The Great Divide

The bond between Israel and the United States has never been as strong as it has been this past year. Evidenced by President Trump’s recognition of Jerusalem as Israel’s capital, the formation of a pact to defeat Iran, and more recently threatening to cut aid to the Palestinians. It seems predestined that we will continue to see the best of days between Israel and the United States.

Beneath the major headlines, a different story is being told. I am referring to Deputy Foreign Minister Tzipi Hatovely’s I24 TV news interview on November 22nd, where she said that U.S. Jewry cannot relate to the everyday life of Israelis. She described American Jews as having “convenient lives” as they are not under constant threat of rocket attacks, and are not forced to send their children to contend with the perils of the army.

The international backlash that ensued was heavy and Netanyahu was forced to condemn her statement. “Diaspora Jewry is dear to us, and they are an integral part of our People. There is no place for such rabid criticism, and her remarks do not reflect the position of Israel”, he said.

Perhaps Hatovely’s choice of words was poor, but the sentiment is right.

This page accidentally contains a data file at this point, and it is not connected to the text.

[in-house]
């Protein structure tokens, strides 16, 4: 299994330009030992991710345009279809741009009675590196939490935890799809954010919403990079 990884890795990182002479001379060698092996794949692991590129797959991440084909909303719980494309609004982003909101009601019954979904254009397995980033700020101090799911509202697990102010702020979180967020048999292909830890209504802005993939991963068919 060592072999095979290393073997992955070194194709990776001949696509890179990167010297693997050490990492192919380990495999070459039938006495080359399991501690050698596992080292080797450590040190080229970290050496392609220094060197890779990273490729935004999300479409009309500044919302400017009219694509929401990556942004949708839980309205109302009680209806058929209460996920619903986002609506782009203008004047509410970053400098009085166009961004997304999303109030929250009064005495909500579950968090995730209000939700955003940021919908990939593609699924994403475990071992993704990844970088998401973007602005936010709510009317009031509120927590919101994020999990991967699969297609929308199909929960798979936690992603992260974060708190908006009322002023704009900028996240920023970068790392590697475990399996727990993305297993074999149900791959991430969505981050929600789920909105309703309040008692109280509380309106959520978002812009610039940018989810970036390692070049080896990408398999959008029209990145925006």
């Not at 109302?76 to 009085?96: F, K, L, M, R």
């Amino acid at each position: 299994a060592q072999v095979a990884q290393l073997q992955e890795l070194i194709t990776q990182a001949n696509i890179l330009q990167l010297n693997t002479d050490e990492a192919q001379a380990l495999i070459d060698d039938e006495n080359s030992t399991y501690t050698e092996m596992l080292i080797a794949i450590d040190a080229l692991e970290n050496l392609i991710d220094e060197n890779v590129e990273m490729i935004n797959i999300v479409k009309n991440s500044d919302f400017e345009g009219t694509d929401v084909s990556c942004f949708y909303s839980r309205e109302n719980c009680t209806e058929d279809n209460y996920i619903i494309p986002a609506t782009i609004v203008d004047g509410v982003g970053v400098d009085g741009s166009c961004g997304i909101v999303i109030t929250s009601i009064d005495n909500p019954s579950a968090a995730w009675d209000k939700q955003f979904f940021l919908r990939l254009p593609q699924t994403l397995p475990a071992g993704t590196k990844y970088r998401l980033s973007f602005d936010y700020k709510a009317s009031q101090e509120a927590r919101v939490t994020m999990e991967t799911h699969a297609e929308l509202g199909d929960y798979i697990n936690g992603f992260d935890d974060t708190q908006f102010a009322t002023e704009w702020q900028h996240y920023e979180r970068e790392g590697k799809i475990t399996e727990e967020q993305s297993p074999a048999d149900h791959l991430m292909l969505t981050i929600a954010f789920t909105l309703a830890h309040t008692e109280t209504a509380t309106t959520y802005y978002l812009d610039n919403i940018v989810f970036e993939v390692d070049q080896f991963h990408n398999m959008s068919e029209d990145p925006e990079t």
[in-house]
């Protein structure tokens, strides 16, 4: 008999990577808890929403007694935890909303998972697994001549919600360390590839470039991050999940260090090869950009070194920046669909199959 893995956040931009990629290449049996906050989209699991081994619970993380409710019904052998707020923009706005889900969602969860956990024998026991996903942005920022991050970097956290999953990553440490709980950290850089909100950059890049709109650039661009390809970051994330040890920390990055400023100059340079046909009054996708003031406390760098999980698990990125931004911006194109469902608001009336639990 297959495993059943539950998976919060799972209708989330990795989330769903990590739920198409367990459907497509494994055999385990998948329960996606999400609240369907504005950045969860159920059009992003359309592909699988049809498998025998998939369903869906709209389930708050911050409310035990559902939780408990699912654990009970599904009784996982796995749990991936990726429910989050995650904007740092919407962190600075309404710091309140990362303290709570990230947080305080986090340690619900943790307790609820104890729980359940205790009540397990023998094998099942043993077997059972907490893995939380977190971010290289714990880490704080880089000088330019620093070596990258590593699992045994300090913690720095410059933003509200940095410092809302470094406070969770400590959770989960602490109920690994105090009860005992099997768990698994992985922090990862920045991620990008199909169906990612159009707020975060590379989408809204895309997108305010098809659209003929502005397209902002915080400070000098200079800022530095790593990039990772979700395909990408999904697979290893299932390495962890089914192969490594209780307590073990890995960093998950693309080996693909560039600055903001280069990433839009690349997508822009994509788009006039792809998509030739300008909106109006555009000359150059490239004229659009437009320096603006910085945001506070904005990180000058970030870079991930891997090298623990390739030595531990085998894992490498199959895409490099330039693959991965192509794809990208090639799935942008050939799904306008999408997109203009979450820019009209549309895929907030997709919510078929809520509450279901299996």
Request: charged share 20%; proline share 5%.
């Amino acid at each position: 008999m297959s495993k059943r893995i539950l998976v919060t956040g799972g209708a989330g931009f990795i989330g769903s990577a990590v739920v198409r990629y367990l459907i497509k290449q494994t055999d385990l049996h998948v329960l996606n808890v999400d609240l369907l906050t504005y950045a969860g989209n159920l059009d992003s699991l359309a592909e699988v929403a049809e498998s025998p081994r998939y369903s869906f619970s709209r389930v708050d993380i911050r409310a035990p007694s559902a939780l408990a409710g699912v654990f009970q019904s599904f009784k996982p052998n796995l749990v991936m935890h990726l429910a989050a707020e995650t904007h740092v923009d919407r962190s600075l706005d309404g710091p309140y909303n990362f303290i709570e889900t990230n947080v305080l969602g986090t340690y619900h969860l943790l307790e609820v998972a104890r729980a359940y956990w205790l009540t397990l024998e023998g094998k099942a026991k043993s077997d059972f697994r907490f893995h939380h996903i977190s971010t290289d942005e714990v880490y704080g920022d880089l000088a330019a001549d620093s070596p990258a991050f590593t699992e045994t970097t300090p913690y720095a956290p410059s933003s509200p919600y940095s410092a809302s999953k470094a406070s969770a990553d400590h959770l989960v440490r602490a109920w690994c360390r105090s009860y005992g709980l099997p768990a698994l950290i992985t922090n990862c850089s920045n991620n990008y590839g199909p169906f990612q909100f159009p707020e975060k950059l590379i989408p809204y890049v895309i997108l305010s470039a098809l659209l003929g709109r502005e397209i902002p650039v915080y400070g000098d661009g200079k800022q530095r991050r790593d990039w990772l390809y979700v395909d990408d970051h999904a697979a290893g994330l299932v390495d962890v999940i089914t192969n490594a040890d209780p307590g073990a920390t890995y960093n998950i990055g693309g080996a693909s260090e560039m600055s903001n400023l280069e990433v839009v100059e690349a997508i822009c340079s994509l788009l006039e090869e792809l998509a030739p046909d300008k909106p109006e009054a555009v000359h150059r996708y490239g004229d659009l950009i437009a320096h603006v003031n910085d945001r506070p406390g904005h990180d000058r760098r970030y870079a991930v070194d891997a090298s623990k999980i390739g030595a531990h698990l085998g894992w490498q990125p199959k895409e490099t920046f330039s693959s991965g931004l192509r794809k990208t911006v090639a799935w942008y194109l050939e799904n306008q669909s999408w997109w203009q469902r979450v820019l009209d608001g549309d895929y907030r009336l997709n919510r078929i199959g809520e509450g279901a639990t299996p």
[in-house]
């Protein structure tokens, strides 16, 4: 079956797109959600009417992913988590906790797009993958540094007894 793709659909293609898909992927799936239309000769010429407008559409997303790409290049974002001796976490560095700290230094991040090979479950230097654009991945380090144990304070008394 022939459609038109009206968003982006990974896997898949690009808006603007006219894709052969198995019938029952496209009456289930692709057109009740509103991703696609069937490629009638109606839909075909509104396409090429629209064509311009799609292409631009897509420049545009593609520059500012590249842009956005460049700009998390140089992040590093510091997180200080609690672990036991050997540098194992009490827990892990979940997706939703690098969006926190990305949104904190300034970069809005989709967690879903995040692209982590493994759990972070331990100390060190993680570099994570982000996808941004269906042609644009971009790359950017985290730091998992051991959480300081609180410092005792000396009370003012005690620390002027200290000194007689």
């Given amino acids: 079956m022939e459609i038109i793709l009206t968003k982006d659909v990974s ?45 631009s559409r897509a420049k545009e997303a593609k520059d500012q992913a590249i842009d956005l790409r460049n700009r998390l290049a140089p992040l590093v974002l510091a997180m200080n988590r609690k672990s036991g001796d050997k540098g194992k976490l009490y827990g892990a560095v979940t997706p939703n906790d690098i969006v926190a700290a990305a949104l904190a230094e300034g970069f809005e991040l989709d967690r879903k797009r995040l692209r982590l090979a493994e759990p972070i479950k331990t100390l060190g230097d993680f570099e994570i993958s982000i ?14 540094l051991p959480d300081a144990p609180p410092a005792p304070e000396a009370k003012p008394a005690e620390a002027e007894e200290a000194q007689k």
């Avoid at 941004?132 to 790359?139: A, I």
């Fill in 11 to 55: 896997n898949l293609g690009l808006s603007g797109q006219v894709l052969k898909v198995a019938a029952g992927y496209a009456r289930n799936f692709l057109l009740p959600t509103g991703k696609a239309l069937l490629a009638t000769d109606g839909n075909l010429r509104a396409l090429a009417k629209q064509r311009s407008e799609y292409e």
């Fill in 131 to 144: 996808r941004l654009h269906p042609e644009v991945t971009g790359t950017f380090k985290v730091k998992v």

The State of Israel reflects the perseverance of a people whom against all odds have survived and had finally returned to their ancient homeland. Upon visiting the Holy Land; a land enriched with Jewish culture and historical sites, one cannot help but feel intense Jewish pride. This symbolic pride carries great force in the Jewish psyche.

Symbolism breeds expectations that clash when met with reality. Tourists mostly experience the full blast of Jewish pride without necessarily being exposed to the realities of what life is really like.  Living the dream is admirable indeed, but Israeli citizens pay heavily for it through blood and economic hardship. A country whose enemies wish to have it destroyed, and whose friends try and impose upon her own self-determination, makes everyday life very difficult for the Israeli citizen.

This does not mean to infer that worldwide Jewry does not have to make their own l sacrifices, but the chasm between everyday Israeli and American life must be acknowledged.

I am constantly asked by family and friends in the United States what the mood has been like since President Trump’s historic announcement. They sound semi-offended and shocked when I tell them we are not dancing in the streets. The politicians for sure are, as it is their job to preserve the very existence of Israel, but not so for the average citizen.

Surrounded by enemies that feel it is their God-given right to murder, Israelis must bear the dangerous consequences of Trump’s decision.

To our brothers and sisters abroad,

Know that the State of Israel is as much as your home as it is ours. Just like you, we are very proud of our heritage and the pride that comes with having a Jewish state in our ancestral land. This unified sentiment is what binds us all together regardless of where we live. But please bear in mind the realities of the Israeli citizen, before heaping criticism upon us when we do not live up to symbolic expectations.

About the Author
Aaron Sull is an editor and columnist at